one point you make: “Additionally, they effectively teased the audience with questions about Jack’s internal thoughts in the first few sequences, as there were enough ambiguous references to past events like recognizing Desmond to hint that he might remember island life…” is interesting. i immediately thought this was simply reference to the pre-oceanic 815 meeting in the stadium where desmond was training and jack was running up the stairs. sort of assuring us that some things changed (like the single serving of vodka) and some things didn’t (their brief encounter). thoughts?

    • Jason Mittell
      February 3, 2010

      I agree that Jack was probably remembering that – although some critics have pointed out that if the island blew up in 1977, then Charles Widmore died, so Desmond wouldn’t be training for his race, and thus wouldn’t have met Jack! What I found interesting is that in the first few segments of Jack on the plane, every glance and reaction seemed full of potential meaning and possible memories. They all had rationale explanations, but I was grasping at anything that suggested the option that the bombers would remember their past/future.

  5. Tom Phillips
    February 4, 2010

    Jason, watching the scenes of the 2004 alt-timeline reminded me of your blog piece about the Sopranos ending and narrative context. I know I’ve read somewhere that Cuse and Lindelof have said that audiences new to Lost could conceivably start watching s6 as an entry point, and for me, the scenes on the plane would highlight the way in which context and knowledge come into play.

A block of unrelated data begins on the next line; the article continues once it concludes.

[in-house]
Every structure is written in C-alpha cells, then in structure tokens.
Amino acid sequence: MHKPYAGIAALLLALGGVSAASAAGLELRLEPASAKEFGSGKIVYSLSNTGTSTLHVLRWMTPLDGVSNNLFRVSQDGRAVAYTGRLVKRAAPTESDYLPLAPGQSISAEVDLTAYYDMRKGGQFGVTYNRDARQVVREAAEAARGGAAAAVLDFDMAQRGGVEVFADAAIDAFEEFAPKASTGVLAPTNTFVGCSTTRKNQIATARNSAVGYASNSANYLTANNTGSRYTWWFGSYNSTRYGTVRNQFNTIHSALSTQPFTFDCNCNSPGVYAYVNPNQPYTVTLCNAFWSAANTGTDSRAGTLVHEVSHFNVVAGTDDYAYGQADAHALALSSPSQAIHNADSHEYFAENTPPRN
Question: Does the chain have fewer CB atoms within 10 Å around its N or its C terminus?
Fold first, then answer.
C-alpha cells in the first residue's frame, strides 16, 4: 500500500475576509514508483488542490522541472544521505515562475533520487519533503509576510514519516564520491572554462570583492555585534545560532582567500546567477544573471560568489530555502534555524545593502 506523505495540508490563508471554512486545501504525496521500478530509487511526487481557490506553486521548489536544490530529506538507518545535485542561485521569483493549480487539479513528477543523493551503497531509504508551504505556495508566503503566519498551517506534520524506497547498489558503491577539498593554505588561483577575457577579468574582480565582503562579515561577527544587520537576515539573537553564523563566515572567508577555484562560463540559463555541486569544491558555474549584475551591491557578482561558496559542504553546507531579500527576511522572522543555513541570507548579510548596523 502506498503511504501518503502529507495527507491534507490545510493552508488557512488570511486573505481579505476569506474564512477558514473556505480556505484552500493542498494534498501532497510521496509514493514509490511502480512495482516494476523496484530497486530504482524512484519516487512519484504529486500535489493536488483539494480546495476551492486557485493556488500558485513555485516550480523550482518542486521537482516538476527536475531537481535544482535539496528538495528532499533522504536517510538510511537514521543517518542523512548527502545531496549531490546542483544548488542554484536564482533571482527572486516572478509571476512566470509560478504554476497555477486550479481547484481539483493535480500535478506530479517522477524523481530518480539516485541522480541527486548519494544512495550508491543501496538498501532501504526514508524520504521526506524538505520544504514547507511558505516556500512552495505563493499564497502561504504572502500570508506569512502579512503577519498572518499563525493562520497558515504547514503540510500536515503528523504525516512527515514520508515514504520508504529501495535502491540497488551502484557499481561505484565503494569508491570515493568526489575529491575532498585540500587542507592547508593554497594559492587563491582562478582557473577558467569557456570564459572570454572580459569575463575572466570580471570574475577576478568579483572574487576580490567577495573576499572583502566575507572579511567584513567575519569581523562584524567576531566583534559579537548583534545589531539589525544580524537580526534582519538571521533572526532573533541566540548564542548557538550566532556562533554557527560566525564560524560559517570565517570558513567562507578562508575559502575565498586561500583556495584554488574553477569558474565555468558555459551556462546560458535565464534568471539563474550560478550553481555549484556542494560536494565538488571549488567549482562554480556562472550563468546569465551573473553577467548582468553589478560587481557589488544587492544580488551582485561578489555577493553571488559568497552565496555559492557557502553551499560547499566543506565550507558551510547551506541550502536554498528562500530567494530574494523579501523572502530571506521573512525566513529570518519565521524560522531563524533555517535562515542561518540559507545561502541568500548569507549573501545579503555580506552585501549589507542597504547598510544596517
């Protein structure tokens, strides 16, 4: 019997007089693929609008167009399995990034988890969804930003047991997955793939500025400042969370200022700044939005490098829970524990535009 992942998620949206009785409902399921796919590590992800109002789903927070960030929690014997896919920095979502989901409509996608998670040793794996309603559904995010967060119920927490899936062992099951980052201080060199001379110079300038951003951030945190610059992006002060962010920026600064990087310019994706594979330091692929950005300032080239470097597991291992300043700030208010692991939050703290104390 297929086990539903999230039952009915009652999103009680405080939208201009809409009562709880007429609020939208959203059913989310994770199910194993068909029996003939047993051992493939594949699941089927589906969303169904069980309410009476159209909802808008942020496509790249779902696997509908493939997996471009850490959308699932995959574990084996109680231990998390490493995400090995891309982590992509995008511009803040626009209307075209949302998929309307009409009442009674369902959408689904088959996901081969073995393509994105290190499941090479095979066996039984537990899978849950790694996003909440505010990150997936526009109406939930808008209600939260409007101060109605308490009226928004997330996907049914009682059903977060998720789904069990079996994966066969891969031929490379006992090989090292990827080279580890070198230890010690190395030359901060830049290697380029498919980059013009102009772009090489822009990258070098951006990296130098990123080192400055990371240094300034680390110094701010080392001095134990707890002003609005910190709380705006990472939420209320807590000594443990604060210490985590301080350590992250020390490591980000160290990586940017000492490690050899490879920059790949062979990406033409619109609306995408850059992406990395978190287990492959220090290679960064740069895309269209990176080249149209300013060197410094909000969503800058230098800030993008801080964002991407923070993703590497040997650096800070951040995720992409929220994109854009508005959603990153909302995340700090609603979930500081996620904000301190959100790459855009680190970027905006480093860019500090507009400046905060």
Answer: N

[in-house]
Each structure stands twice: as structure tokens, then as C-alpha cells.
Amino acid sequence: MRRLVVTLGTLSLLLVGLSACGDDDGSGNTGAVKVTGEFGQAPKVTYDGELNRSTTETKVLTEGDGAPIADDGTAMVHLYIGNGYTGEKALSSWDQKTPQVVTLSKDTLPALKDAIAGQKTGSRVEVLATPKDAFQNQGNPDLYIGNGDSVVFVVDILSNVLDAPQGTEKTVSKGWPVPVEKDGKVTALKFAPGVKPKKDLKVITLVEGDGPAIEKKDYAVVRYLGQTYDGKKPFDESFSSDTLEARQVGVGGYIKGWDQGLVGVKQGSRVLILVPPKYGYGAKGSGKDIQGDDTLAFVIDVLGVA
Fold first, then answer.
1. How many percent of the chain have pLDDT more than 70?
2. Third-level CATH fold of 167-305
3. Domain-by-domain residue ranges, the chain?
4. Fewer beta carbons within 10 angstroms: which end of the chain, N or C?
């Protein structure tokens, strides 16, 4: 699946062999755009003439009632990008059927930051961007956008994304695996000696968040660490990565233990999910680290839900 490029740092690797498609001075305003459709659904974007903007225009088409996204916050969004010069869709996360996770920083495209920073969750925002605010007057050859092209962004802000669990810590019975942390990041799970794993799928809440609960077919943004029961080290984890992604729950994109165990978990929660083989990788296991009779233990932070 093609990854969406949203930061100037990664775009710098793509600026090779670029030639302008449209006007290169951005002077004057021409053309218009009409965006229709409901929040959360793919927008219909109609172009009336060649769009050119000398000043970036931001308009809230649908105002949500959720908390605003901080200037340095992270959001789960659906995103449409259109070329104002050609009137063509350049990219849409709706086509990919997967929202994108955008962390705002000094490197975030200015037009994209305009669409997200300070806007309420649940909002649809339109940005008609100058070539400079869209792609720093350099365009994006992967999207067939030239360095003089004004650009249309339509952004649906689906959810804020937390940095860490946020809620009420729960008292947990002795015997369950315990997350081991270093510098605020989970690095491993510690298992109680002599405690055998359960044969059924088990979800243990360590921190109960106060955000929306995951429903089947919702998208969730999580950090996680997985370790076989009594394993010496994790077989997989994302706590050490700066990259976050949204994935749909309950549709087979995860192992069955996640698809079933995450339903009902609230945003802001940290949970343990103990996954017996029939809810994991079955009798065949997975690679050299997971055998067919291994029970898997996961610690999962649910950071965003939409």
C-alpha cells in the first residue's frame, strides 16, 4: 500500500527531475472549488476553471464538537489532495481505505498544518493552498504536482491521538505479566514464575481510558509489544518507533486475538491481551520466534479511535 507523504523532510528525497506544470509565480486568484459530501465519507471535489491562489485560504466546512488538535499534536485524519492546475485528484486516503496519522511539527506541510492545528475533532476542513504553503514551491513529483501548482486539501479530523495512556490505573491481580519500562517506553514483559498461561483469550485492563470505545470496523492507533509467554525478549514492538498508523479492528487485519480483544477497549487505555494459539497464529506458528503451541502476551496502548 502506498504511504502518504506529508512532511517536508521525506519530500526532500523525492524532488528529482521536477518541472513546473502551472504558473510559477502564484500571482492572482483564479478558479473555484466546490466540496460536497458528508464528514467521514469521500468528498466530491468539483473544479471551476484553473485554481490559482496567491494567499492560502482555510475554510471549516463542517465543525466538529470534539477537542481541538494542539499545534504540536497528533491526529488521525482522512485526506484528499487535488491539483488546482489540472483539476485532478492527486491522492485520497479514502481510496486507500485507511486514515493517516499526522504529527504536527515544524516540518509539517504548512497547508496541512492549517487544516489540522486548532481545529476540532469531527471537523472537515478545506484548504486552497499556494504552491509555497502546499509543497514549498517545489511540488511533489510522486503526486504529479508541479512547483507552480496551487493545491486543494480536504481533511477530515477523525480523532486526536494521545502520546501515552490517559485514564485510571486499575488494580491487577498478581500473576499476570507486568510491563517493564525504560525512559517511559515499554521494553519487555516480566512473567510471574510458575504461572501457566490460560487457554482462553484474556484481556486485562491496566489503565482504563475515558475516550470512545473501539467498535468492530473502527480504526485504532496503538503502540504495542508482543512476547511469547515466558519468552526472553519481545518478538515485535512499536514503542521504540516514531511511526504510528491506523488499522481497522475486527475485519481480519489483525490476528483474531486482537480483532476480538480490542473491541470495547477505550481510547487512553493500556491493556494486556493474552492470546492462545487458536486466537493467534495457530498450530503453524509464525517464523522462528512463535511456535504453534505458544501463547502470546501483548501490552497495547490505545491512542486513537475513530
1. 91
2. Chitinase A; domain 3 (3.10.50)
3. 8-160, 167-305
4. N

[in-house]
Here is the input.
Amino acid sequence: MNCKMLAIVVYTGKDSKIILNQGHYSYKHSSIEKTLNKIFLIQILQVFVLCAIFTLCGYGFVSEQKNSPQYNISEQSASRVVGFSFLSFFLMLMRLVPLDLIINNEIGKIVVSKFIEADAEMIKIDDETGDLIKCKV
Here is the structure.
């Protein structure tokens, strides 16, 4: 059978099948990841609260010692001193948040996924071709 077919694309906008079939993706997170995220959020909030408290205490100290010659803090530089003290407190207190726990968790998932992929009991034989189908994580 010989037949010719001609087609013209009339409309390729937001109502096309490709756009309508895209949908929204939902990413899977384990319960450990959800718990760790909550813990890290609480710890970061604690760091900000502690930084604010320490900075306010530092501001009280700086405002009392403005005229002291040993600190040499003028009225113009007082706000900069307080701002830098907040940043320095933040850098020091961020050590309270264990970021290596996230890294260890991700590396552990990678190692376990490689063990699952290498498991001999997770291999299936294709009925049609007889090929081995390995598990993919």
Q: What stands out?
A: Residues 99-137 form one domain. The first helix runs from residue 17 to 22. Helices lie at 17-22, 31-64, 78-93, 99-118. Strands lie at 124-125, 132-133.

As the plane landed, the background music seemed to be almost triumphant – that Jack has succeeded in his mission and everything would turn out okay. To the uninformed viewers, the narrative signals going on within this timeline would certainly signal this. Though watching it myself I couldn’t get rid of the feeling of unease, that what I was watching wasn’t supposed to happen, and I was far more comfortable with the 2007 scenes featuring “my” characters. The plane landing scene subsequently became a sequence of melancholy – no one knows each other and five seasons of character development is eradicated. I think ultimately this will be resolved, but it will interesting to see if any other moments will be open to interpretation based on narrative context.

  6. Jonathan Gray
    February 5, 2010

    The alt lines also allowed them to be monumental turds re: the Jin/Sun storyline. For all the banging and clattering about Sawyer/Kate/Jack, all of which I don’t care about, it’s been Jin and Sun’s relationship that’s seemed to propel a lot affectively for me as a fan.

    … and then they get back together, but as estranged, distant partners. So even though Sun and Jin now seem to be in the same timeline in both alt worlds, ensuring they’ll get back together in the crashed timeline, Cuse and Lindelof have no doubt undercut that reunion. While this makes me wanna shake my fist as a fan, it’s also pretty masterful storytelling gamesmanship.

    • Tom Phillips
      February 5, 2010

      According to the blog Televisionary, Sun and Jin aren’t even married in the alt-timeline, as the airport personnel addresses her as “Ms Paik”. Does this resolve your fan anger or make it worse?!
      (http://www.televisionaryblog.com/2010/02/nothing-is-irreversible-season-premiere.html)

      • Jonathan Gray
        February 5, 2010

        Not really anger, Tom — it’s more like heartbreak. And it doesn’t change it either way. The point was that I was looking forward to their no doubt sappy — but hey, can’t a dude love him some melodrama? 🙂 — reunion, yet now it’ll be tinged with the alt world scenario … regardless of whether they’re married or not. Thanks for the clarification, though: I didn’t pick up on that